Message from the Mayor : State of the City Budget

mike-headshot.jpgBy Michael Noll, Signal Hill Mayor

The Signal Hill City Council and staff take great pride in preparing a balanced budget. Our fiscal year 2008-2009 budget was one of the more challenging budgets that I have faced as mayor during my last 16 years on the City Council. The City Council adopted a balanced $33.2 million operating and capital budget in June.
Signal Hill is not immune to the national and regional economic downturn, and we needed to adjust our budget accordingly. The economic forces impacting the city are the mortgage crisis, rapid drop-off in residential construction, slower retail activity, and the State of California’s estimated $17-billion budget shortfall. State officials have taken a page from their old playbook and are proposing to “borrow” funds from the local cities and redevelopment agencies to solve their budget deficits.
This year we followed strict cost containment requirements, and expenditures were capped at last year’s level for non-salary expenditures. In the General Fund, the overall percentage increase in the budget is a mere 1.98 percent for salaries, benefits, maintenance, and operations compared to the prior year’s budget. We also relied on very conservative revenue forecasts and approved very few additional requested items. For example, only one additional staff person was approved- an upgrade from a part-time police record clerk to a full-time clerk position. We felt this upgrade was justified by the additional work generated by the six new police officers added to our department in the last three years. This upgrade brings the number of full-time employees to 109.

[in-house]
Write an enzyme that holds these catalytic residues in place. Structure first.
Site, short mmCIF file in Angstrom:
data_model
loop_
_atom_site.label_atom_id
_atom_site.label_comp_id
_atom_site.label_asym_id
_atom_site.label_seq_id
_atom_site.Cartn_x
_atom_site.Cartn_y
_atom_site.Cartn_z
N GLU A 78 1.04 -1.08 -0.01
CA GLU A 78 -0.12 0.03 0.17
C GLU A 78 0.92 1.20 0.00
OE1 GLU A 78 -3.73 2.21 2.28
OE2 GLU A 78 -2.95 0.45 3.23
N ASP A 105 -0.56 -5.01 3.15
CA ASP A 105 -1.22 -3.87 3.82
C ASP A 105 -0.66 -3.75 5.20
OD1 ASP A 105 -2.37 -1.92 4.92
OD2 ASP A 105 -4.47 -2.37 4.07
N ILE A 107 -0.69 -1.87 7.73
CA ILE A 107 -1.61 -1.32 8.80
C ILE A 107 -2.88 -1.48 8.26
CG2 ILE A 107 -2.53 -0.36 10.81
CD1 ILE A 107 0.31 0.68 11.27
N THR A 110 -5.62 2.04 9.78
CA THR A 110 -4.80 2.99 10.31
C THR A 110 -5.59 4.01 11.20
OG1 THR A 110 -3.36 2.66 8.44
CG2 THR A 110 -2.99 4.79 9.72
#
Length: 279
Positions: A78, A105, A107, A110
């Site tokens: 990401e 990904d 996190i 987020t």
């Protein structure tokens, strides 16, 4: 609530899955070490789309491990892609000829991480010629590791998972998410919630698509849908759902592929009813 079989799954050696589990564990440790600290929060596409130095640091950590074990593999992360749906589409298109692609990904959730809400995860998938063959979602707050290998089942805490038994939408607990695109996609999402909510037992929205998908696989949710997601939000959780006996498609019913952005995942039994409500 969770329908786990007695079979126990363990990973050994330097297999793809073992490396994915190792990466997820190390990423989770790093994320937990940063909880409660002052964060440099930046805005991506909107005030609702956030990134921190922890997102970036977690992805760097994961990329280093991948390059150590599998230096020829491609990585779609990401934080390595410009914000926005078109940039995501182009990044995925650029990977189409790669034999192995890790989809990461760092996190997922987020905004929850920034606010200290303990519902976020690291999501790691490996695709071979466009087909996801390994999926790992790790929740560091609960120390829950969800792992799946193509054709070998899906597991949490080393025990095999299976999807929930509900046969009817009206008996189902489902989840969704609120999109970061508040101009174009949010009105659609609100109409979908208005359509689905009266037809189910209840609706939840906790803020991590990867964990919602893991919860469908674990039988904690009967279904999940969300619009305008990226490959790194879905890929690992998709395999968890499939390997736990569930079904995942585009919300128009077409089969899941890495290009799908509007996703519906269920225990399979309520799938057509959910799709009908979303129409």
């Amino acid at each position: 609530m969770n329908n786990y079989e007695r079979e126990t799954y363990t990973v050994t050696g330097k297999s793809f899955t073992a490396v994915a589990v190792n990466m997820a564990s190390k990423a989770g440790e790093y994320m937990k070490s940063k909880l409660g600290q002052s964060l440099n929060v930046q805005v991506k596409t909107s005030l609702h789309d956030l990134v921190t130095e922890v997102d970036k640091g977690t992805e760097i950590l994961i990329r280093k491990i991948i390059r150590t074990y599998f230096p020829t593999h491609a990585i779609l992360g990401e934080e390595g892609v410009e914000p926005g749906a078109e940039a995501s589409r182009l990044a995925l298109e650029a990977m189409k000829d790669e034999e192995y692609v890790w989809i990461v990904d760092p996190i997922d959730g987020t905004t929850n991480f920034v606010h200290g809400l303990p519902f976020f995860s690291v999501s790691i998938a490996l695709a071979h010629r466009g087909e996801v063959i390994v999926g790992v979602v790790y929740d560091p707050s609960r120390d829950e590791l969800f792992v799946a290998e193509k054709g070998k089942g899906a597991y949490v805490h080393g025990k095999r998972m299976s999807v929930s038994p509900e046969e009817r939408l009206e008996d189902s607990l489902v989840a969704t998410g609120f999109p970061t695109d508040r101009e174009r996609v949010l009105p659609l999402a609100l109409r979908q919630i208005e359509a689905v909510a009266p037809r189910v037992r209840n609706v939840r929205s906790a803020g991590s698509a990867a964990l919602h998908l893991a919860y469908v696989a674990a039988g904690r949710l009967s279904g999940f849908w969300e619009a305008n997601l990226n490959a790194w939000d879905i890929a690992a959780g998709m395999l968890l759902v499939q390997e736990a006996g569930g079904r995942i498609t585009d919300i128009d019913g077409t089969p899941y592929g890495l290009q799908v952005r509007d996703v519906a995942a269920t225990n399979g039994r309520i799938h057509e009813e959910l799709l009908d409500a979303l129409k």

The major budget highlight is our $25.8 million capital improvement program. This is one of the largest capital improvement programs in the history of the city. The major project will be the construction of the new Signal Hill Police Station, estimated to cost $16 million. This project will be funded by the Signal Hill Redevelopment Agency. Over $8.1 million in projects are funded through grants. The largest grant-funded project is the widening of Cherry Avenue at Pacific Coast Highway.
Other capital improvement projects planned for this budget year include the City Hall elevator, Lewis Avenue storm drain, Burnett Street improvements, Well #9 pump/treatment design, Gundry reservoir, pavement management, general right-of-way repairs, Signal Hill Park restrooms, Library building design consultant, and many more.
As part of our budget process, staff has provided a five-year forecast to assess increases in both revenues and expenditures in future budgets. We expect to end the next five years within the same fund balance range of $4.5 million in the General Fund. The city and Agency budget document is posted on the city’s website at

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